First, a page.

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Too Many Outlets?  Alternatives for Electrical Outlets in Your Kitchen

Too Many Outlets? Alternatives for Electrical Outlets in Your Kitchen

Those unsightly electrical outlets seem to be everywhere.  And, while they are a necessary evil in our super-powered society, they are not the prettiest item in the world – especially when they’re scattered throughout our beautifully-custom-tiled kitchen backsplash.  Thankfully, there are ways to keep those outlets out of sight.

Building codes dictate how many outlets must be installed in a home, and how far from one another they must be placed.  That code leaves our kitchen backsplash area littered with the things.  And, while they are handy for plugging in the coffee pot, toaster, mixer and other household gadgets, they aren’t fashion statements, to be sure.  If you are building a new home, or planning a major kitchen remodeling project, you do have other options for your kitchen electrical outlet needs.  Take a peek at a few of the items on the market today…

Outlets galore!

To keep outlets out of sight in the kitchen, you have two options:  either install them into the countertop or install them higher, underneath the upper cabinets.  The Pop-Up Kitchen Grommet from Mockett allows you to keep your outlets hidden until they are needed.  While this is a nice, clean look, it could be a headache when spills inevitably happen, and it may be difficult to clean around the top cap, so be sure to take that into consideration before installing.  Also, be aware that the installation will mean you lose a bit of space in the cabinet below, since the piece needs to pop down into the drawer or cabinet.

pop-up power grommet

Mockett also offers a lower-profile option in this tilt-up version.  This one is not as water-tight as the pop-up option, so be aware that it likely cannot be located in wet areas.  It features USB hook-ups, though, so it could be a great option for a home office, too!

tilt power outlet

A similar product from Schulte Electro Systems offers both countertop installation and installation from above.  This item will also take away a bit of your cabinet space, due to the nature of the product.  Also, keep in mind that you will likely want to unplug your appliances when they are not in use.  Otherwise, you will have cords running up to the plugs all the time, and that would be unsightly.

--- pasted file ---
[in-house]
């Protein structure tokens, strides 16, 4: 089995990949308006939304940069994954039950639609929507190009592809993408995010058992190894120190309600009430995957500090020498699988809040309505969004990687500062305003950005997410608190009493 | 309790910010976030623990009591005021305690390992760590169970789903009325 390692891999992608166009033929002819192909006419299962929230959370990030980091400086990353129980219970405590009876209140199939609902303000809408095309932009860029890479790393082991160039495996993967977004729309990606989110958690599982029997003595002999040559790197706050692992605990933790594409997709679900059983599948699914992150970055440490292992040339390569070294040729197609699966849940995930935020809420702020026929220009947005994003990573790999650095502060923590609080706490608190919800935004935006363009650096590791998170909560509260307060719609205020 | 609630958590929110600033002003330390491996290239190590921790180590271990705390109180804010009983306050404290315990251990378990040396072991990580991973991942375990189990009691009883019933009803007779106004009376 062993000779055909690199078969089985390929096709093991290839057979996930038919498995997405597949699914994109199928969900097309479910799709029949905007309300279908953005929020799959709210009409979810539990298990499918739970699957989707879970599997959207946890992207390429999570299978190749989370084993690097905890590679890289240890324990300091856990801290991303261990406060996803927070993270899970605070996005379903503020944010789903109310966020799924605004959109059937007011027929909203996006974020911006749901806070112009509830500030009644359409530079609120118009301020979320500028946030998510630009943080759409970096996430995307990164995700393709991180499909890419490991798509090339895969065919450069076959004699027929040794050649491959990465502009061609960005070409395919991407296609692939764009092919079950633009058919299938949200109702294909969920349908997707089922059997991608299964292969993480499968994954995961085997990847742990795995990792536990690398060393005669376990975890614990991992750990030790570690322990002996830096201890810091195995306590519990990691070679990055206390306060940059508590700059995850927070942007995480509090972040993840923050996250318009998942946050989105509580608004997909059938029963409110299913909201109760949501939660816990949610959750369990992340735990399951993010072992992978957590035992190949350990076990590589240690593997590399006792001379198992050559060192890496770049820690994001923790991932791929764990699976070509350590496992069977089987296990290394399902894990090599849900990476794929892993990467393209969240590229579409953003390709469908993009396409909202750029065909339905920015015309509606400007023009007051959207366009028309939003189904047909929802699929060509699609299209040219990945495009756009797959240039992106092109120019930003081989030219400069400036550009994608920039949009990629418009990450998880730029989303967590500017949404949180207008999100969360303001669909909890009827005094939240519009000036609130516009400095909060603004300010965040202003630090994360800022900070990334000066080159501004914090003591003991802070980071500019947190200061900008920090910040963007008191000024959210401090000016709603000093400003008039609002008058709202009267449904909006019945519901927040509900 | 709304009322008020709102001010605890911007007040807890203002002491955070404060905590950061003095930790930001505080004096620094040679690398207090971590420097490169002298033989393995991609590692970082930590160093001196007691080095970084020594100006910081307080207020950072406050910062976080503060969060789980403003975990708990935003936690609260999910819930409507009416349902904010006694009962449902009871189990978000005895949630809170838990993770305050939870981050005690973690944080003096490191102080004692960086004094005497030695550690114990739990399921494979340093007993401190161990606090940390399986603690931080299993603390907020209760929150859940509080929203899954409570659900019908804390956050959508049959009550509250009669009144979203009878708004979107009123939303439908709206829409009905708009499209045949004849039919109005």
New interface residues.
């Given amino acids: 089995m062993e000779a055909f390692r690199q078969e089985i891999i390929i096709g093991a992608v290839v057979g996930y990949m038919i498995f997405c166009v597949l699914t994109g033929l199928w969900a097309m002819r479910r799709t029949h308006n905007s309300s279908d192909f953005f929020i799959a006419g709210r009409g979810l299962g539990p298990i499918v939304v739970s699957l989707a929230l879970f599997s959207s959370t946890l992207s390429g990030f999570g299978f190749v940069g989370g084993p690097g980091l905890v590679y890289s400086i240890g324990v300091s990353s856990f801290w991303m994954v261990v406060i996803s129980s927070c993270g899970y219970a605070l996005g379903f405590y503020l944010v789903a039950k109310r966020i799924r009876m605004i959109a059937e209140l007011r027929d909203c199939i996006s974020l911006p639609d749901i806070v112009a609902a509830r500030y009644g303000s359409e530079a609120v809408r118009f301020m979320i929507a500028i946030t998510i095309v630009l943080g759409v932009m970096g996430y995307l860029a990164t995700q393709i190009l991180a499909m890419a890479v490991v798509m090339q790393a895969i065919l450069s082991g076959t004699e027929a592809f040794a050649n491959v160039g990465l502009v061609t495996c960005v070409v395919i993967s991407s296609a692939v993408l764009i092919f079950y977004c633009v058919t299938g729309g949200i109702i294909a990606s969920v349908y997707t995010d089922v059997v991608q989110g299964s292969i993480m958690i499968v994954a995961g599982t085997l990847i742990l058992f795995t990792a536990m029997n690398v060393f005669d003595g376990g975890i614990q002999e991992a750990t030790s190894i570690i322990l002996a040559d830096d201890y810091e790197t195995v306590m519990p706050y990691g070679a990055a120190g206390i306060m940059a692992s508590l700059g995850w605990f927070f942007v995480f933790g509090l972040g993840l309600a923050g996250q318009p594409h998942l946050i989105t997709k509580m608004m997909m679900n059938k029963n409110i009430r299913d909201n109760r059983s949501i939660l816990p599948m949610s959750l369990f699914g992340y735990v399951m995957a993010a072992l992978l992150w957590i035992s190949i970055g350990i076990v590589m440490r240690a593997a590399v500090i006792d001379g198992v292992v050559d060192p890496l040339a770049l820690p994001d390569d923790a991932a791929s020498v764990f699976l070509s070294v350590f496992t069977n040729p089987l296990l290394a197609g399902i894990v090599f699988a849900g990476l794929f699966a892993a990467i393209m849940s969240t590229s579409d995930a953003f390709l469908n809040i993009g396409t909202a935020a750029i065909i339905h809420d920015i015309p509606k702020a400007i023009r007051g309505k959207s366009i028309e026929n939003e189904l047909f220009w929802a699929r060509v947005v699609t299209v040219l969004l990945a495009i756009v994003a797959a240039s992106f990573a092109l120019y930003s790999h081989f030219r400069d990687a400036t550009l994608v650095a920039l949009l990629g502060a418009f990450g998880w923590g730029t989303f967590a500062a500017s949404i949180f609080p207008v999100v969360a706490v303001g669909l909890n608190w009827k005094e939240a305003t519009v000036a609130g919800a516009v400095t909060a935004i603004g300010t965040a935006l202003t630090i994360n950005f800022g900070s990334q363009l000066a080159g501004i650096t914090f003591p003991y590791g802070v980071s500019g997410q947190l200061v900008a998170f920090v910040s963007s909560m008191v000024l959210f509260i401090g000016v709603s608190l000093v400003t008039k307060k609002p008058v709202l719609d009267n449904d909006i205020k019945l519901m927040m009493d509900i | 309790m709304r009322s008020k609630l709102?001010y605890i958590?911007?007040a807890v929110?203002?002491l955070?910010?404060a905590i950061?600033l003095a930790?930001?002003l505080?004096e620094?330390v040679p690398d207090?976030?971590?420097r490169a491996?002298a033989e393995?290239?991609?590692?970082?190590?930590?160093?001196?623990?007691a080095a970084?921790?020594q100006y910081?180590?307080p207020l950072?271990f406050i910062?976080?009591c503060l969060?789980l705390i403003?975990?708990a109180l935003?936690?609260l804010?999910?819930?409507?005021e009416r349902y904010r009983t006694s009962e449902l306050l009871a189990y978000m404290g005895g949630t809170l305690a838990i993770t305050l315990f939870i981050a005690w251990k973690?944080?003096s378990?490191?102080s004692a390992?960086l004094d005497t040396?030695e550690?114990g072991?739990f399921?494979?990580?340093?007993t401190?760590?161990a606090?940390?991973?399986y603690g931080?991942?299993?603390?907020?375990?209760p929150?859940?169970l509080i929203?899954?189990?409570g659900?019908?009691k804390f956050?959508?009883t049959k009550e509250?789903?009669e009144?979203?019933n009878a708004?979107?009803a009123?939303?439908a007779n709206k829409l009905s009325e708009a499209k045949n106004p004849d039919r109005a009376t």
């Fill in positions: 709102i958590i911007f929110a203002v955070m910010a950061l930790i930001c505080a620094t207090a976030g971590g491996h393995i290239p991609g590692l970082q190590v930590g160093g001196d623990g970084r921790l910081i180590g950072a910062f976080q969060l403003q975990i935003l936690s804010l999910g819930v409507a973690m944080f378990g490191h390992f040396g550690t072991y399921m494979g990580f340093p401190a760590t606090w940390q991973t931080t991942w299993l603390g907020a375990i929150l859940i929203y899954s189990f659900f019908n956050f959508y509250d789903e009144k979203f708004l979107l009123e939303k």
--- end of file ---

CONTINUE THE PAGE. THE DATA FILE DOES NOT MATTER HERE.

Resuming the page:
pop-up outlet

Another option is to install a basic power strip under the upper cabinets.  It is virtually undetectable when installed in a color similar to the cabinets.  But, again, you will have the problem of cords running up your wall if you like to leave things plugged in all the time.  This was done in this cottage-style kitchen, leaving a pristine marble slab backsplash:


kitchen backsplash without outlets

Photo courtesy Landsted

That same power strip can be used under the countertop of a kitchen island to allow for handy access to electrical outlets.  This leaves power cords dangling over the edge of the countertop, however, which could pose a safety hazard.  Still, it’s a great option for hiding the electrical outlets while providing easy access to them.  This one from Task Lighting is especially nice:

angle power strip

Another kitchen island option is the Sillite product.  This super-tiny outlet is nearly undetectable, but supplies power where you need it.  They can also be installed in window sills, fireplace mantles and other tiny places – how cool is that?

 Sillites outlet

Whatever product you choose, be sure to match the color of the outlet, switches and covers to the surface behind it to best camouflage them.  So, if your cabinet wood or kitchen backsplash is dark, you want to select a deeper color for your outlets and switches – maybe dark brown or even black in some cases.  Lighter tile and wood tones may call for white, ivory or light gray.  The kitchen island below utilizes a standard black outlet on the side of the island – cut right into the granite.  Can you see it?

Kitchen island outlets

Photo courtesy Landsted

Before you install any type of outlet in your kitchen, be sure to consult with your local building codes and a professional electrician to be sure you do everything legally and safely.

Electrical outlets and switches are a necessary part of our lives, and nowhere are they easier to spot than in the kitchen.  With the options shown here, you should be able to find a solution that works well for your lifestyle and the look of your home.

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5 Responses to Too Many Outlets? Alternatives for Electrical Outlets in Your Kitchen

  1. […] a month ago, I wrote an article about different ways you can camouflage the various electrical outlets and switches that need to be installed in your kitchen bac….  Since then, I found another couple of products that I thought I’d share with […]

  2. j mellen says:

    need outlet for kitchen counter



  4. diane carelli says:

    I am interested in buying the pop up hidden outlet on the counter, can I purchase it from you?
    thank Diane Carelli

    • Teri says:

      Hello! I don’t actually sell them, but you may check with your local cabinetmaker or kitchen company and they should be able to source it for you. Good luck with your project!

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